Lawmakers push college accountability

A bill may be introduced this session outlining criteria tied to grant funding.

Haley Hansen

As the price of higher education continues rising, lawmakers want to make sure students are getting the most for their money.

Minnesota officials are now following the federal government’s lead to create accountability measures that ensure colleges and universities are providing students a well-rounded education without breaking the bank.

Sen. Terri Bonoff, DFL-Minnetonka, who chairs the Higher Education and Workforce Development Committee, hopes to introduce legislation this session that would tie state grant funding to performance measures.

The White House announced its plans in summer 2013 to create a college ratings system that would tie federal grants to whether colleges meet set requirements.

Also in 2013, the state Legislature directed the Minnesota Office of Higher Education to identify criteria that could be used to determine whether a school should receive financial aid from the state.

State grants aid students from low- and moderate-income families in paying for educational costs at eligible Minnesota colleges and universities.

About a year after OHE began its research, Bonoff charged a work group that comprised higher education officials and school leaders to look into ways the state could make universities more accountable.

Based on the findings, OHE released a report last month that provides the state with nine metrics to measure schools against, including their net price, students’ cumulative debt and whether students complete their education.

Bonoff said she’s currently waiting for OHE to provide language recommendations for her bill before she introduces it.

With her bill, Bonoff said she wants to ensure that low-performing schools are held responsible.

“We can’t shut them down, and that’s not our role,” she said. “But we can send a signal by saying [their] students can’t access our state aid dollars.”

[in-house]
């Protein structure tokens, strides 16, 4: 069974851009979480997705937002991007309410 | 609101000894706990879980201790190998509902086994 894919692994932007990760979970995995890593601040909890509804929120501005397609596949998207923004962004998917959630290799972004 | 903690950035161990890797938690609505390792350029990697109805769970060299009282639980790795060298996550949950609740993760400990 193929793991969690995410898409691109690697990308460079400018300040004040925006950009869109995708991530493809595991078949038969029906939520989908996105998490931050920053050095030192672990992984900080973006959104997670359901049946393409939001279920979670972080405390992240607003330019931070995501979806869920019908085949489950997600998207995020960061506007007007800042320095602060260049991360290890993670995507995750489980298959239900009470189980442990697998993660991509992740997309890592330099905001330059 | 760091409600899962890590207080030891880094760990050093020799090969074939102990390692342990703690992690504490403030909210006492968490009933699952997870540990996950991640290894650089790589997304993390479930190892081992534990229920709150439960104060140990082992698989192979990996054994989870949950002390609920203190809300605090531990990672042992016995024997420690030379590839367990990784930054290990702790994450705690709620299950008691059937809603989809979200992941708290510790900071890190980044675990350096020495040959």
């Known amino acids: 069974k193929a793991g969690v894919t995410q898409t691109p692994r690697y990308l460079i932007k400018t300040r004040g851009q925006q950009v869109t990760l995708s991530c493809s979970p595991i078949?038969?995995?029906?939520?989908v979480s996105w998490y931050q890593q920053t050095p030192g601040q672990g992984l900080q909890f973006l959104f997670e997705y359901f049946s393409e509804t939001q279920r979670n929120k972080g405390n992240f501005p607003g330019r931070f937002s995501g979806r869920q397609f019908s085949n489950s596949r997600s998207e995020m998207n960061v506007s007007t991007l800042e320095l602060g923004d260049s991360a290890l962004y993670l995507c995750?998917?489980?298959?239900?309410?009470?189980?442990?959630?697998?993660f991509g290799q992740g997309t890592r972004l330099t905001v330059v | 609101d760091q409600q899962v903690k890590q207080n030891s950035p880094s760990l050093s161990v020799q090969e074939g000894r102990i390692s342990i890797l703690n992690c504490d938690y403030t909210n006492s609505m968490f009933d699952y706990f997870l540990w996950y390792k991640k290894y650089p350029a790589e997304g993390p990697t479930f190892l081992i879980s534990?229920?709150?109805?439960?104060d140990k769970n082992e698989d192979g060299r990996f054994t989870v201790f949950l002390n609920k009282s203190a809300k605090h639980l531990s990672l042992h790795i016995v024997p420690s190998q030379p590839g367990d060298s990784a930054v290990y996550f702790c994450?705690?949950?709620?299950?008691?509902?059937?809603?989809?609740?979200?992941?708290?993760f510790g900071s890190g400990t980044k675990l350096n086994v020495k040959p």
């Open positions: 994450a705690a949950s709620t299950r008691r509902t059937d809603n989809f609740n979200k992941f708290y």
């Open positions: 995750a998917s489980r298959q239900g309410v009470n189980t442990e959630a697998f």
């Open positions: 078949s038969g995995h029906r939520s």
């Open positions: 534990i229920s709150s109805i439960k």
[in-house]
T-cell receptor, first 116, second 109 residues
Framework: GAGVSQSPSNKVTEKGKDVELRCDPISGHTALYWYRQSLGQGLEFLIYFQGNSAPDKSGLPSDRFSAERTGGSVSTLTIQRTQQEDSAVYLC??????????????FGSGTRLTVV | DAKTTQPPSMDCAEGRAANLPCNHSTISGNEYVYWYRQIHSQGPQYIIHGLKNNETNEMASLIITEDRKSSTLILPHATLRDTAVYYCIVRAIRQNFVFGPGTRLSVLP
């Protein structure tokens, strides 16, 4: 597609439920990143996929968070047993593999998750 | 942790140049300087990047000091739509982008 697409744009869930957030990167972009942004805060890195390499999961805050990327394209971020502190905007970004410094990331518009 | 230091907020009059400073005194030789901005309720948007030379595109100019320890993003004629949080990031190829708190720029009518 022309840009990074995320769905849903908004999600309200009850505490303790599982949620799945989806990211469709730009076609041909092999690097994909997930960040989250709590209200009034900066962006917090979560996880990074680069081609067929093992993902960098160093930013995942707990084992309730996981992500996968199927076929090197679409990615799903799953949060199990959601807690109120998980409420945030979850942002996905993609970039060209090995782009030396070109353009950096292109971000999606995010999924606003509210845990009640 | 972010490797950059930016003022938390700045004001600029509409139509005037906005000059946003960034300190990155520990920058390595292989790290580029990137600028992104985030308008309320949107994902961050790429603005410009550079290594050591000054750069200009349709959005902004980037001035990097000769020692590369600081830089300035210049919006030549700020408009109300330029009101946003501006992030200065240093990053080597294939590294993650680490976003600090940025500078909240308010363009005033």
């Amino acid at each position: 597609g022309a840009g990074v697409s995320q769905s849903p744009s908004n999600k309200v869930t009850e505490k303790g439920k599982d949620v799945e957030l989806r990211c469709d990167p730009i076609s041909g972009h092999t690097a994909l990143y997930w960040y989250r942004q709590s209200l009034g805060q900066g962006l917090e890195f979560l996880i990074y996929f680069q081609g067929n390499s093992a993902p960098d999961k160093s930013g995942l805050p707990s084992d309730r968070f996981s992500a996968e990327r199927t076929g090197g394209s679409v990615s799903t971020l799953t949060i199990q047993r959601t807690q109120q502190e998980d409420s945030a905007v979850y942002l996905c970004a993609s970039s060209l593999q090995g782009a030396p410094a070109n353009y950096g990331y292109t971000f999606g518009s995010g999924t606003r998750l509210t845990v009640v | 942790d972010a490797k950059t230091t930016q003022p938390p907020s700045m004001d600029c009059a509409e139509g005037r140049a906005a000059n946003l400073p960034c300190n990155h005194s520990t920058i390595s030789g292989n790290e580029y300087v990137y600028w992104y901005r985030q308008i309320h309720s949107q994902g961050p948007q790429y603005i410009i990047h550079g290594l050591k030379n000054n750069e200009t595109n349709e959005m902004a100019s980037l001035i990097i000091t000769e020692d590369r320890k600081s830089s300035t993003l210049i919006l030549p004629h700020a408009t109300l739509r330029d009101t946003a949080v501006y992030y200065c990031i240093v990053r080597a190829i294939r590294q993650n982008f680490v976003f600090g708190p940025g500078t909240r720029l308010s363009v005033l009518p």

State lawmakers’ biggest concerns regarding schools are high amount of student debt along with ensuring students are prepared when they enter the workforce upon graduation, OHE financial aid research manager Meredith Fergus said.

However, she said creating a policy that ties schools’ standards to financial aid access could come at the cost of students.

“Taking away financial aid does hurt the institution in the fact that students won’t enroll in that institution if they can’t get financial aid,” Fergus said. “But it primarily hurts the student, so we’re not sure it’s the right thing to do.”

Alternatively, she said tying performance measures to schools’ licenses and registration would be a better option.

University of Minnesota Humphrey School of Public Affairs Associate Dean Laura Bloomberg said it’s reasonable for the state to look into accountability measures but cautioned it’s important to not repeat previous mistakes.

She said the recent push mirrors accountability measures geared toward K-12 education like No Child Left Behind — a federal law tying K-12 teacher evaluations to their students’ standardized test scores — which looked at success in education based on too slim of standards.

“We just have to be sure we’re not measuring the wrong things or, most importantly, measuring too narrowly,” she said. “Or we will regress to a very narrow view of what higher education ought to be.”